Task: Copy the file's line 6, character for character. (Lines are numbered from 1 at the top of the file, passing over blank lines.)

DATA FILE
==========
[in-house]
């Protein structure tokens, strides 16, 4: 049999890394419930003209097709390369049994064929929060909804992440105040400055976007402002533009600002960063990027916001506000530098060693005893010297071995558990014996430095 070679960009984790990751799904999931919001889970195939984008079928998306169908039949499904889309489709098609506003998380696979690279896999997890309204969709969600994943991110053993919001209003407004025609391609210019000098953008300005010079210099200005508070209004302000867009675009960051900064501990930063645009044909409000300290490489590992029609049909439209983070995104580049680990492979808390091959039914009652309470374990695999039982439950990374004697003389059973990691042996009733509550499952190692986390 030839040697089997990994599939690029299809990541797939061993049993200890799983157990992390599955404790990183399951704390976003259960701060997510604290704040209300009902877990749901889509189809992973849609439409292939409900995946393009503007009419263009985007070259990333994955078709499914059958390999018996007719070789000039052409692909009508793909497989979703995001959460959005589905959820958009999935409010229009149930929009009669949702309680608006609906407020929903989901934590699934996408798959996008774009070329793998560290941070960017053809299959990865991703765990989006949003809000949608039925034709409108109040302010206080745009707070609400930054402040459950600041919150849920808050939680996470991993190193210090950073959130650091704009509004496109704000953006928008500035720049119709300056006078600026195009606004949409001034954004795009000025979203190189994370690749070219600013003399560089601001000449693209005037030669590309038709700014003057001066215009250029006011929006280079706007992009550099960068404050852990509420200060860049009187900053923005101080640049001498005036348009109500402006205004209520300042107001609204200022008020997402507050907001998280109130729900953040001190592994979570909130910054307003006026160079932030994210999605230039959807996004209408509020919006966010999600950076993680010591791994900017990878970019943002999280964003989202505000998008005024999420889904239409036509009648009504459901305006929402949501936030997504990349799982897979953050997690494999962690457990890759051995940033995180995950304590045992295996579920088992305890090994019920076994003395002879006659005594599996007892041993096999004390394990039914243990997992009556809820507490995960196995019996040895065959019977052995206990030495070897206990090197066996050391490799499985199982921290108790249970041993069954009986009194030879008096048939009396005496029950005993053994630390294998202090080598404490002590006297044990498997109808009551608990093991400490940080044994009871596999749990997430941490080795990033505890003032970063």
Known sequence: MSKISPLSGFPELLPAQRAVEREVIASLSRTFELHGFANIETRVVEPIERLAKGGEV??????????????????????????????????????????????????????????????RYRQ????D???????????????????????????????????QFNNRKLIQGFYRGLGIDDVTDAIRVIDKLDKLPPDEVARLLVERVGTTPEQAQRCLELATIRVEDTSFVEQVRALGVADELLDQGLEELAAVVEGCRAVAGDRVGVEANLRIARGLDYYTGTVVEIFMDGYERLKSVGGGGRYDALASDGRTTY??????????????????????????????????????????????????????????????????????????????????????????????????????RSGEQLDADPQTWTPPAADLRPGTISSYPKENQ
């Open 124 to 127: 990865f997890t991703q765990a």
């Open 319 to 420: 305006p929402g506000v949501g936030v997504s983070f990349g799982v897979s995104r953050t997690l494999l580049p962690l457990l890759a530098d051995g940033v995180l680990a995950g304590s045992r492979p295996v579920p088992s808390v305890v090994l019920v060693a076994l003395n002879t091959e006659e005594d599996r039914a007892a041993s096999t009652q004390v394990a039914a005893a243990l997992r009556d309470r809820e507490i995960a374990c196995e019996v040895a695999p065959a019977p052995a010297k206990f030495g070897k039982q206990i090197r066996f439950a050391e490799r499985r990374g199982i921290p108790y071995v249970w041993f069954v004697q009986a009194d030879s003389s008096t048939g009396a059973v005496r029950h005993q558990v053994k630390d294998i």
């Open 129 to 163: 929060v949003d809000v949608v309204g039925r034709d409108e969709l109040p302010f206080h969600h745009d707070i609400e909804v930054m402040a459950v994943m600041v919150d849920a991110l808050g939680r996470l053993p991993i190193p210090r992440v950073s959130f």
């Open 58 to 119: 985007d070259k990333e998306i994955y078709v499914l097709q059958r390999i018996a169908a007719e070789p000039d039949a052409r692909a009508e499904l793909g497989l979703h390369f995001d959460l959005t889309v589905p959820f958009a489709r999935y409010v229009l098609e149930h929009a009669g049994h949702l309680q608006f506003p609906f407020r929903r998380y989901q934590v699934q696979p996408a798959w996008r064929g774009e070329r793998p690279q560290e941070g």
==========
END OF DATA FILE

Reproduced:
């Open 129 to 163: 929060v949003d809000v949608v309204g039925r034709d409108e969709l109040p302010f206080h969600h745009d707070i609400e909804v930054m402040a459950v994943m600041v919150d849920a991110l808050g939680r996470l053993p991993i190193p210090r992440v950073s959130f």